The primary goal of the first rolls was to gather data from the camera plus the odometry. The camera would provide the useful line data, the quadrature encoder would tell us our turning status, and the hall effect sensor would tell us how fast we were going. I would be driving the buggy via RC controller as it went down the hill.

The first night we stayed up, we were planning on getting the buggy ready for "capes". For those of you who are new to buggy, "capes" is short for "Capability" and basically would test whether the buggy could brake in time in case of an emergency, and whether or not it would swerve whilst it was braking. There are a few more specifications for "capes", but most of them were reserved for a human driver, so we didn't have to worry about them. (Someone from the Buggy universe feel free to correct me on my definition of "capes" ).

Here's a video of RoboBuggy caping:

The swerve at the end was my fault. I was trying to overcompensate for the braking maneuver. Most of the other trials we ran were pretty smooth.

The actual rolls were not as successful. Our main goal for them was to gather data from the camera and the sensors. We found qjuickly found out that RoboBuggy was far too light to go fast enough in the free roll. We will be correcting this problem by placing some lead shot in the tail. In addition, Nate and I wanted to take a path directly in the center of the street in order to maximize our data collection, but according all the drivers we've talked to, this is a horrible line to take. Instead, the Buggy should follow closer to the bike line, and then switch bike lanes at a given time. In the end, the buggy rolled to a stop right near the end of the free roll and had to be taken off of the course, because it was taking up too much time.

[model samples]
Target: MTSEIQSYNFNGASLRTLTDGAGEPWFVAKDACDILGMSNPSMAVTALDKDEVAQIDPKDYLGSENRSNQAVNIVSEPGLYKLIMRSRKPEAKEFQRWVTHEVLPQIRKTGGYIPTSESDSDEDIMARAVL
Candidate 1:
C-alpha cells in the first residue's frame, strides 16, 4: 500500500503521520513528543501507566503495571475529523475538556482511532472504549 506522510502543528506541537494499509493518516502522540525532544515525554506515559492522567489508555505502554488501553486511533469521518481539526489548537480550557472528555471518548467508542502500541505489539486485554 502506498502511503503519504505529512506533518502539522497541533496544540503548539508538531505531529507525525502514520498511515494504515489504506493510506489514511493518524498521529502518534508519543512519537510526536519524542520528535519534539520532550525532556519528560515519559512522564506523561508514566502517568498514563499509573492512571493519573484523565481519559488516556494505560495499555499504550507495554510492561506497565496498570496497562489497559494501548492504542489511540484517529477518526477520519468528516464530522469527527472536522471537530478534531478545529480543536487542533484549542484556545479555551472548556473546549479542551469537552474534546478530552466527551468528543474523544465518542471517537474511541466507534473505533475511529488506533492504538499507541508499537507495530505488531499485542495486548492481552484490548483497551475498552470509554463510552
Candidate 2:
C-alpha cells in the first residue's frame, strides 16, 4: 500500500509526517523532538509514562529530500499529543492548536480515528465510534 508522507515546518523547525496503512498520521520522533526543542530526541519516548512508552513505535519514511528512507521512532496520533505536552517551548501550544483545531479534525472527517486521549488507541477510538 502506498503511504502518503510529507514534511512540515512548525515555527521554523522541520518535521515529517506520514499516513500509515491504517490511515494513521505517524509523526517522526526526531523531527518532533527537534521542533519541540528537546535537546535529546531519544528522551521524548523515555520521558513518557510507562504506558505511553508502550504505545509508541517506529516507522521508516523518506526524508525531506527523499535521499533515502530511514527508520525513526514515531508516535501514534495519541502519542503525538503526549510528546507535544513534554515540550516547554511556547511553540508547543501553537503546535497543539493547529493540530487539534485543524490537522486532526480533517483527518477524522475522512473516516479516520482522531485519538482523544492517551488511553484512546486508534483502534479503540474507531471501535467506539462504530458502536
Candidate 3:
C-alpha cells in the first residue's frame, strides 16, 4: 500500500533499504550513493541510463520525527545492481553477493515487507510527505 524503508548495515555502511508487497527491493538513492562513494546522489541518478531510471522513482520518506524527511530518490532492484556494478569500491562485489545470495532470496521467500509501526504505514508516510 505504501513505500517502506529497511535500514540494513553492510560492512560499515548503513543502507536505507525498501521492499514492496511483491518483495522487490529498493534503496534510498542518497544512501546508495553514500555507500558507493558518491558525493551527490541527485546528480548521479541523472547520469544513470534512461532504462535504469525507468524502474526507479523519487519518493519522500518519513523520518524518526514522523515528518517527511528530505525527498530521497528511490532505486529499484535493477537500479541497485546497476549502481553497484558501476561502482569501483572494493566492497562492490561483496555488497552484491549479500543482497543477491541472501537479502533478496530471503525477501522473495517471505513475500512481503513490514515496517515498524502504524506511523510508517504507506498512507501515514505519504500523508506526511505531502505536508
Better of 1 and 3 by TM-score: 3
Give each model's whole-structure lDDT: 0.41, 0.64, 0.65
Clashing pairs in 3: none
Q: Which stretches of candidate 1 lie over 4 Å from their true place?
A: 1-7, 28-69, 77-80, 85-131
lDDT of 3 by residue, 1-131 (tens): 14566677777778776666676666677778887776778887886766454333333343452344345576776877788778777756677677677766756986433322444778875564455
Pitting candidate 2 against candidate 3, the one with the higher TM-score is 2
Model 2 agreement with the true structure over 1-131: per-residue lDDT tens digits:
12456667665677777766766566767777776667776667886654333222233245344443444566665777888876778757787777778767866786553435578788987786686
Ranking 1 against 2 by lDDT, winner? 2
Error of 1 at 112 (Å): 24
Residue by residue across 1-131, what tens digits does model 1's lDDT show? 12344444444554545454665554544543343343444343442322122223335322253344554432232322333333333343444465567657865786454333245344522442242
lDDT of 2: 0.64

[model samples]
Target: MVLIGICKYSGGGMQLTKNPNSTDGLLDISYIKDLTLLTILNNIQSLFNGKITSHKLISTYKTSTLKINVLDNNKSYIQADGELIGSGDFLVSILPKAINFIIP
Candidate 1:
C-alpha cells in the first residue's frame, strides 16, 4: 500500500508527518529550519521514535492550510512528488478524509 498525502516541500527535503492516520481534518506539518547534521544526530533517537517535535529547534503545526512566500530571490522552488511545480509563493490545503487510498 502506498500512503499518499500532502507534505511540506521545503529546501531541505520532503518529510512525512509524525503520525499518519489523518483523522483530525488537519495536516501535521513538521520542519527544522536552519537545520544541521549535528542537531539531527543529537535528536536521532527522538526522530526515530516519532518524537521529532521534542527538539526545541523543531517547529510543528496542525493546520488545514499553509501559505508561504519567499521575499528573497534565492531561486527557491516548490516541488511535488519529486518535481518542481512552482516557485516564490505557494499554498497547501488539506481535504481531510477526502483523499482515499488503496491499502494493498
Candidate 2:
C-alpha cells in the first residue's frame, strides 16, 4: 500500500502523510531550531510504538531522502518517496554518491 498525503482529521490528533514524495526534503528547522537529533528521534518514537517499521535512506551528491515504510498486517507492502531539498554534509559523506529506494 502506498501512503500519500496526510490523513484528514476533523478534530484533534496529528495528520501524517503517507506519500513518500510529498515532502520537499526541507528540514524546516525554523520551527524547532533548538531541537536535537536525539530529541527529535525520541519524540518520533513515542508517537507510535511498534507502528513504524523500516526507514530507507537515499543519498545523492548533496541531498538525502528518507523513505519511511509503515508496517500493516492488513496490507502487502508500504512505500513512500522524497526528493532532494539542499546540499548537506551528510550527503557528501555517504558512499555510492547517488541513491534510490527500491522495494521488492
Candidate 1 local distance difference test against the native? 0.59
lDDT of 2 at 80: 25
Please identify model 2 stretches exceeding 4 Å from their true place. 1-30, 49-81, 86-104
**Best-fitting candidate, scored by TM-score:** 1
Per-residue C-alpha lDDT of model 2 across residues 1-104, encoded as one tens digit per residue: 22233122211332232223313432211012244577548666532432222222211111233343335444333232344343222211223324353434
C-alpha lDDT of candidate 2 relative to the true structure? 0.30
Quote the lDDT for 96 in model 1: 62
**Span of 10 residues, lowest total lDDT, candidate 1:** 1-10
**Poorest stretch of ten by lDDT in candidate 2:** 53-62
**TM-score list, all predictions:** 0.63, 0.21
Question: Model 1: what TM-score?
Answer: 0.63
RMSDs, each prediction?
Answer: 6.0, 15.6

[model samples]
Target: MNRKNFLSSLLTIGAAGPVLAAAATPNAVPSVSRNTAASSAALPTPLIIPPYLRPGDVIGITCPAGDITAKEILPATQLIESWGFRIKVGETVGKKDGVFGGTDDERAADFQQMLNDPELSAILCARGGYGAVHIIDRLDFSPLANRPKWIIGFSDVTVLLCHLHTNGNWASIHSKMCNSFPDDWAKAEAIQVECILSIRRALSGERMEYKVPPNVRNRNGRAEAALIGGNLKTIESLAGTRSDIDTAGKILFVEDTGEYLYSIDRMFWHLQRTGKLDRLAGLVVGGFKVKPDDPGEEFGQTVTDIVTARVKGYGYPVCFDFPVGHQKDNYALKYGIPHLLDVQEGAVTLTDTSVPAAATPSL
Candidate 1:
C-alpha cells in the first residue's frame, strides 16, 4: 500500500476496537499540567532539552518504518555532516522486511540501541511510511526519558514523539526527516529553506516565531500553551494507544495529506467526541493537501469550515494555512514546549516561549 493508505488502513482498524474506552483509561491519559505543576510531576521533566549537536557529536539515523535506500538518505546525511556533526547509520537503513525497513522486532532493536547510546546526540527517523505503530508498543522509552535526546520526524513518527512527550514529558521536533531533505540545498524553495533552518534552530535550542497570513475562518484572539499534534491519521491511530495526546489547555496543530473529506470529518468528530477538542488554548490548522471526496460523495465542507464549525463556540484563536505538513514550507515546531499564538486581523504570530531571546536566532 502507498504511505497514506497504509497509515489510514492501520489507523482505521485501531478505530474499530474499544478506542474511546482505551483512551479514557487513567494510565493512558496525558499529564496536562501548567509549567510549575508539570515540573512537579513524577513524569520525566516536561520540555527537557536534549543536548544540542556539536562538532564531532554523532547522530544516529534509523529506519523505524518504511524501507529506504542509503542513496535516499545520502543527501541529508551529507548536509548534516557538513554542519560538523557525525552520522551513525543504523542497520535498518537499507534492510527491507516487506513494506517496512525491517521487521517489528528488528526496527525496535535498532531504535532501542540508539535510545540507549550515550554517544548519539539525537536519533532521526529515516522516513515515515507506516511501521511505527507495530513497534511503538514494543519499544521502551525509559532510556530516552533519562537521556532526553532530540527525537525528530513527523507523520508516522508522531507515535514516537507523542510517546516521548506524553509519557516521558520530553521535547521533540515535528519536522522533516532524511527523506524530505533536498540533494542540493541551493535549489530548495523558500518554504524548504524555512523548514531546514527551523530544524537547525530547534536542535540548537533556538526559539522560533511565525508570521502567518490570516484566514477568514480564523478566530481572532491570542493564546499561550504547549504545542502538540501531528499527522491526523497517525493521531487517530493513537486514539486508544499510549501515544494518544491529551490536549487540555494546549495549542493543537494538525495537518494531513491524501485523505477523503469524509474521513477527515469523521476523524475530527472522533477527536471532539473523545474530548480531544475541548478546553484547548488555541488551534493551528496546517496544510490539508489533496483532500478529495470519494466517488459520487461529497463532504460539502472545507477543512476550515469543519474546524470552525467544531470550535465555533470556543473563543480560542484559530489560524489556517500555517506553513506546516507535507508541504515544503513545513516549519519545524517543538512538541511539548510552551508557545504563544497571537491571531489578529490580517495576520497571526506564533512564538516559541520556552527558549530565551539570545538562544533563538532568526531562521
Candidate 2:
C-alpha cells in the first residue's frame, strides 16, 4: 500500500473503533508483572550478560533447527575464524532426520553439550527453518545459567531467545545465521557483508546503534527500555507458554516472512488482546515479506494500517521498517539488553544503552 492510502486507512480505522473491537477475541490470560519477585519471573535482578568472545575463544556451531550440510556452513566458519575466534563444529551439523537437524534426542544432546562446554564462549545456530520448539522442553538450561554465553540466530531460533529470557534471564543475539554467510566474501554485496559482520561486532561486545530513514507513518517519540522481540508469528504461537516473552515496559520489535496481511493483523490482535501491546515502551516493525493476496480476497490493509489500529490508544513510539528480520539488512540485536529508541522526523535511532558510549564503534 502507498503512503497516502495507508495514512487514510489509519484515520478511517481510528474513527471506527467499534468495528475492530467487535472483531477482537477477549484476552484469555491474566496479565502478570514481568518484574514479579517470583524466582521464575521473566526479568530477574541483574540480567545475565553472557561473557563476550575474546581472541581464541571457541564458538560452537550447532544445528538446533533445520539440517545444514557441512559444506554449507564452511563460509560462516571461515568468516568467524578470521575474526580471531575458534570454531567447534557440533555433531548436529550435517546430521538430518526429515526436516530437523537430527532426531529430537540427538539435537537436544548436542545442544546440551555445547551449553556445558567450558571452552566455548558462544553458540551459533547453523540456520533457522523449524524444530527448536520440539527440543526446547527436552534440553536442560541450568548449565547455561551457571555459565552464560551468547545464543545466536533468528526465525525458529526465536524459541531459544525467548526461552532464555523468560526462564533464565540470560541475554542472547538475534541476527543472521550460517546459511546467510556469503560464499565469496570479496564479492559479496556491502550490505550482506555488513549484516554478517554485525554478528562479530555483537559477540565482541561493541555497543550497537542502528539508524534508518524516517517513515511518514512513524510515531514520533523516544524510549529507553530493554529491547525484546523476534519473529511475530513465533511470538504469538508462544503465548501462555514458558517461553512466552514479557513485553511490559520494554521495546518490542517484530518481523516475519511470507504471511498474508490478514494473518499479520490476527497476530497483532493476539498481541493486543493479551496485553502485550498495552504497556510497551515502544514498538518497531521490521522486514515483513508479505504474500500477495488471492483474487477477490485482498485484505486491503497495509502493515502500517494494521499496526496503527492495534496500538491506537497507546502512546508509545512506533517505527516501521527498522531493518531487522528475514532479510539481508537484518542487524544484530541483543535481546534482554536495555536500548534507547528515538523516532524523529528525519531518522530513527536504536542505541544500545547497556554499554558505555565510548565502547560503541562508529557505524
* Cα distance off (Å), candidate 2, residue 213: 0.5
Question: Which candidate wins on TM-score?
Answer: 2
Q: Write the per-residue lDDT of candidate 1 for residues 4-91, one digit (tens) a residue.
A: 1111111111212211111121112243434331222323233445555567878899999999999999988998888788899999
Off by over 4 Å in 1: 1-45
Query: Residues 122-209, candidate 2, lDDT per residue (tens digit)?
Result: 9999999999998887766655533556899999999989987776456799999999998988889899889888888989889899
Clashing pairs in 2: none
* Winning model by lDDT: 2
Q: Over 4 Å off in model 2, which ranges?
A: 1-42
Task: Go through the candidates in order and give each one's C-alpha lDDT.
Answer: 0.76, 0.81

In addition, as we were taking the buggy back, we noticed some strange quirks that it was having. The IC controlling the brake was jostled out of position and caused the brake to engage randomly. The computer shut itself down too, right before we started rolling. The cause of the computer shutting down seemed to be a result of issues with power consumption. The batteries were tested before rolls, and seemed to supply enough power to the components. After some additional testing, it was determined that the batteries need to be FULLY charged in order for Robobuggy to perform to its fullest potential, rather than adequately charged.

Though, there is a bright side. There is a brand new RoboBuggy computer on the way, its a very expensive piece of equipment that's primarily used on trains. Its also very well encased in a black box, which should make it much more robust that the computer that we are currently using. In addition, the hardware board was laid out using Eagle CAD and ordered through a company. This will make our hardware much more robust.

We will try to roll RoboBuggy at rolls next weekend, even if the new hardware doesn't show up. We'll continue to run it on RC until Nate is comfortable with giving the software a test run.

Stay Tuned!

Friday, December 24, 2010


Its been an extremely productive couple of weeks!

Most of the hardware of the Robobuggy is complete,  but we're still waiting for interface boards in the mail. Luckily, I have it set up so that you can simply just plug in the component where its needed and it'll be ready to go!